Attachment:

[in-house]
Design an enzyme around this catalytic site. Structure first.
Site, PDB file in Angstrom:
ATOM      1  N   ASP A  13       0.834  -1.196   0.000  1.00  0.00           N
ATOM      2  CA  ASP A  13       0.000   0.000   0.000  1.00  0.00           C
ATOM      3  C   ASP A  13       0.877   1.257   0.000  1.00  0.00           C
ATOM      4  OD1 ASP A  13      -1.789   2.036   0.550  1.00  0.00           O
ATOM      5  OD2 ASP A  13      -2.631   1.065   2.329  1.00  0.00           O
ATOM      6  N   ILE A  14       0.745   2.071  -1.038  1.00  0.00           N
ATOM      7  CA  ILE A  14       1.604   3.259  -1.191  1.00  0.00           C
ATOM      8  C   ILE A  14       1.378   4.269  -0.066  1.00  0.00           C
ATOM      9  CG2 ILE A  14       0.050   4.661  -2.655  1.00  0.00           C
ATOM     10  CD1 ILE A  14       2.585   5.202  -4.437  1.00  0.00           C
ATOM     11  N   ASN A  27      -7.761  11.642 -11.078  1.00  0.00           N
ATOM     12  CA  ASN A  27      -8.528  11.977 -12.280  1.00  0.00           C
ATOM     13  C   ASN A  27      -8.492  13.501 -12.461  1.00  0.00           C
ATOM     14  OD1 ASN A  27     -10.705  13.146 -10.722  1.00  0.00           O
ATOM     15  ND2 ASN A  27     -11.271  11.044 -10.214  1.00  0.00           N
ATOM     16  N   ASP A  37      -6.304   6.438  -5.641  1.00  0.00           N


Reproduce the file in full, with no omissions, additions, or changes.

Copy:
[in-house]
Design an enzyme around this catalytic site. Structure first.
Site, PDB file in Angstrom:
ATOM      1  N   ASP A  13       0.834  -1.196   0.000  1.00  0.00           N
ATOM      2  CA  ASP A  13       0.000   0.000   0.000  1.00  0.00           C
ATOM      3  C   ASP A  13       0.877   1.257   0.000  1.00  0.00           C
ATOM      4  OD1 ASP A  13      -1.789   2.036   0.550  1.00  0.00           O
ATOM      5  OD2 ASP A  13      -2.631   1.065   2.329  1.00  0.00           O
ATOM      6  N   ILE A  14       0.745   2.071  -1.038  1.00  0.00           N
ATOM      7  CA  ILE A  14       1.604   3.259  -1.191  1.00  0.00           C
ATOM      8  C   ILE A  14       1.378   4.269  -0.066  1.00  0.00           C
ATOM      9  CG2 ILE A  14       0.050   4.661  -2.655  1.00  0.00           C
ATOM     10  CD1 ILE A  14       2.585   5.202  -4.437  1.00  0.00           C
ATOM     11  N   ASN A  27      -7.761  11.642 -11.078  1.00  0.00           N
ATOM     12  CA  ASN A  27      -8.528  11.977 -12.280  1.00  0.00           C
ATOM     13  C   ASN A  27      -8.492  13.501 -12.461  1.00  0.00           C
ATOM     14  OD1 ASN A  27     -10.705  13.146 -10.722  1.00  0.00           O
ATOM     15  ND2 ASN A  27     -11.271  11.044 -10.214  1.00  0.00           N
ATOM     16  N   ASP A  37      -6.304   6.438  -5.641  1.00  0.00           N